Among our many worries, two stand out for their potentially dire long-term consequences: global climate change, and our personal health. Well, newly published research points to a simple step we can take that will simultaneously help the environment and increase our odds of living a long life: Eat less meat.
"The food system is responsible for more than a quarter of all greenhouse gas emissions, while unhealthy diets and high body weight are among the greatest contributors to premature mortality," writes a research team led by Marco Springmann of the University of Oxford. It argues that "the lower the fraction of animal-sourced foods in our diets," the greater the benefits we will see in terms of both climate change and health.
In the Proceedings of the National Academy of Sciences, Springmann and his colleagues present a comparative analysis of the personal and planetary benefits of shifting to a more plant-based diet. While they find considerable variation from one region of the world to another, the overall figures they arrived at are quite striking.
"About half of the global avoided deaths occurred because of the consumption of less red meat."
They estimate that, compared to sticking with our current dietary patterns, "changes in the consumption of red meat, fruits, and vegetables, and in total energy intake, could result in reductions in total mortality of 6 to 10 percent" by the year 2050.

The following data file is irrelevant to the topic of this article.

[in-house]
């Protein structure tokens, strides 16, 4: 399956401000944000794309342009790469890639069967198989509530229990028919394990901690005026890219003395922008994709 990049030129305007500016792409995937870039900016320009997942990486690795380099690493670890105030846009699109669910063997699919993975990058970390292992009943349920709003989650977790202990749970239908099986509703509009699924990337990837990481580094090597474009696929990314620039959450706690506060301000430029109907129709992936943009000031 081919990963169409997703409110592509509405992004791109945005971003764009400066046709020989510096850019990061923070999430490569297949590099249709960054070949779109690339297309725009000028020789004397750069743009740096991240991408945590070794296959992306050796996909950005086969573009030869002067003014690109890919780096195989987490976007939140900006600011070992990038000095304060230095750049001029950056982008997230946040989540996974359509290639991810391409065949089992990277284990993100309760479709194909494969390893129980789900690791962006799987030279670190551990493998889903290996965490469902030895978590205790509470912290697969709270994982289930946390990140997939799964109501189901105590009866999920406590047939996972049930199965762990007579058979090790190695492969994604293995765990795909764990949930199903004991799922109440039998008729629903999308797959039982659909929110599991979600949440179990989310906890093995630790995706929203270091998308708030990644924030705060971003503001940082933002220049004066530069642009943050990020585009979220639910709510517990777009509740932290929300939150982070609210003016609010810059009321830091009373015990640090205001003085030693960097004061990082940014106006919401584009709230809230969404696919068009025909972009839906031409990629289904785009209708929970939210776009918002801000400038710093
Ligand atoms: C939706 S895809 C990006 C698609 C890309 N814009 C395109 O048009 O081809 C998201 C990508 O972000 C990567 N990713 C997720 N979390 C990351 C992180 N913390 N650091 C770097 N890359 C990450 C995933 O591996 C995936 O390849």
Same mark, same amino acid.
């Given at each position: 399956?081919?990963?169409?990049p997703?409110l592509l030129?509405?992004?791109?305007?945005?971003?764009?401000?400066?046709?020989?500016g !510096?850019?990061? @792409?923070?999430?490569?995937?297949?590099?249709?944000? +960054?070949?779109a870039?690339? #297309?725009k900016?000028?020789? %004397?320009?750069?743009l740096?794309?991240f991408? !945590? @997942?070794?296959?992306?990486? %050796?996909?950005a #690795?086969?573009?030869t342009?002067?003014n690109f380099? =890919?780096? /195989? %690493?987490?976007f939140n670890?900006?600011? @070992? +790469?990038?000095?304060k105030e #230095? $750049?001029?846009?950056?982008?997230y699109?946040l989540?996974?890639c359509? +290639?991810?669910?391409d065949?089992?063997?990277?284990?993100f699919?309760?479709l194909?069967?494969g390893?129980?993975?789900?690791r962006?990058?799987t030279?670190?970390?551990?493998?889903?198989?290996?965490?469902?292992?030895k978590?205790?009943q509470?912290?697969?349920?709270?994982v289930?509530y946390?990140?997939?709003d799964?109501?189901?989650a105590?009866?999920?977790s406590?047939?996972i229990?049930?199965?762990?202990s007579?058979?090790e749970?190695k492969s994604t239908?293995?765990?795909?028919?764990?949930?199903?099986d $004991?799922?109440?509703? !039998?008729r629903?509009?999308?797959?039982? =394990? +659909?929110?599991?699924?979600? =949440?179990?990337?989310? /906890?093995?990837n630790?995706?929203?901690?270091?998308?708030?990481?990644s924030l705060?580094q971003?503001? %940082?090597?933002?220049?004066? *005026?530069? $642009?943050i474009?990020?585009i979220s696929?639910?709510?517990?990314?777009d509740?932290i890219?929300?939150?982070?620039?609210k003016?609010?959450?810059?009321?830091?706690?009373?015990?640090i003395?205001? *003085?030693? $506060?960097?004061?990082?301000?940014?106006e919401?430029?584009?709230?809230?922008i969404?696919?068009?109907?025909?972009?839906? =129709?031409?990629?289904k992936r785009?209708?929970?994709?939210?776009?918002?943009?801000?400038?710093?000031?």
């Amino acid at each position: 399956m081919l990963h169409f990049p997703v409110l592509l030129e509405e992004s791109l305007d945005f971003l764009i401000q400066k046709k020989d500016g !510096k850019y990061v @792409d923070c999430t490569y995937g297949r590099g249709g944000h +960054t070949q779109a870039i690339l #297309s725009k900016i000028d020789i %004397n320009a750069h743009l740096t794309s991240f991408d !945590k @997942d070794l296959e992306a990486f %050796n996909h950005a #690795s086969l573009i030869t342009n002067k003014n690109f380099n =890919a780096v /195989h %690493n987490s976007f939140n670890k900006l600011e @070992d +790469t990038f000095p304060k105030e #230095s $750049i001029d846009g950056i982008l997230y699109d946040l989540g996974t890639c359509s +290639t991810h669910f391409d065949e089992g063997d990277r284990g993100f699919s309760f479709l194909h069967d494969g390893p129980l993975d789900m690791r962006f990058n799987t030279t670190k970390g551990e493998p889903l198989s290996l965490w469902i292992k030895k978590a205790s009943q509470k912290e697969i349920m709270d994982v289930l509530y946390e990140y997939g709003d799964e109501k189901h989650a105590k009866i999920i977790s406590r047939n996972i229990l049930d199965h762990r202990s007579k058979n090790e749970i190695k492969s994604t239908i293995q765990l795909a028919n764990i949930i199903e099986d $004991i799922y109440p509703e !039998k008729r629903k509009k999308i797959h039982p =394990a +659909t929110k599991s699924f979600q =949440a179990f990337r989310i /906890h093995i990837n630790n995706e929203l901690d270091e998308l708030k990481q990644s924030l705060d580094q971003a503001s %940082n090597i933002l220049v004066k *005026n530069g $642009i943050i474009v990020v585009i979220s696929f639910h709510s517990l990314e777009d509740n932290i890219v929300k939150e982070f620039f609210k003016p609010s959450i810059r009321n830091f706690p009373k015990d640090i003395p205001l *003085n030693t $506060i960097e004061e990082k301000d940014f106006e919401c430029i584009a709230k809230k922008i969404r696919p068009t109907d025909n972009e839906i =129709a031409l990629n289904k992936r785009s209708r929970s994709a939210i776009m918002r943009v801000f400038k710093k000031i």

That figure "is likely an underestimate," they add, since they could not compute the health benefits of eating more whole grains and less salt and sugar—likely side effects of switching to a more health-conscious diet.
"We found that about half of the global avoided deaths occurred because of the consumption of less red meat," the researchers write. "The other half was due to a combination of increased fruit and vegetable consumption, and reductions in total energy intake," resulting in a smaller percentage of the population being obese.
"The greatest improvement in per capita risk reductions (would take place) in Western high- and middle-income countries," they add.
Turning to climate, Springmann and his colleagues noted that 80 percent of food-industry-driven greenhouse gas emissions "are associated with livestock production." Reducing our consumption of meat could make a huge contribution to the fight against climate change, decreasing greenhouse gases by anywhere between 29 to 70 percent over expected levels by 2050.
Once again, the researchers call that "a conservative estimate," since it does "not account for the beneficial impacts of dietary change on land use," including a curtailing of deforestation.
To be sure, they're talking about big changes in our dietary habits: about a 25 percent increase in fruit and vegetable consumption, a 56 percent reduction in red meat consumption (that means eating half as many burgers), and an overall drop in caloric intake of around 15 percent. That qualifies as a major change in lifestyle.
So don't ever complain that you'd like to do something about climate change, but you don't know where to begin. This study points to an excellent starting point: your dinner plate.
Findings is a daily column by Pacific Standard staff writer Tom Jacobs, who scours the psychological-research journals to discover new insights into human behavior, ranging from the origins of our political beliefs to the cultivation of creativity.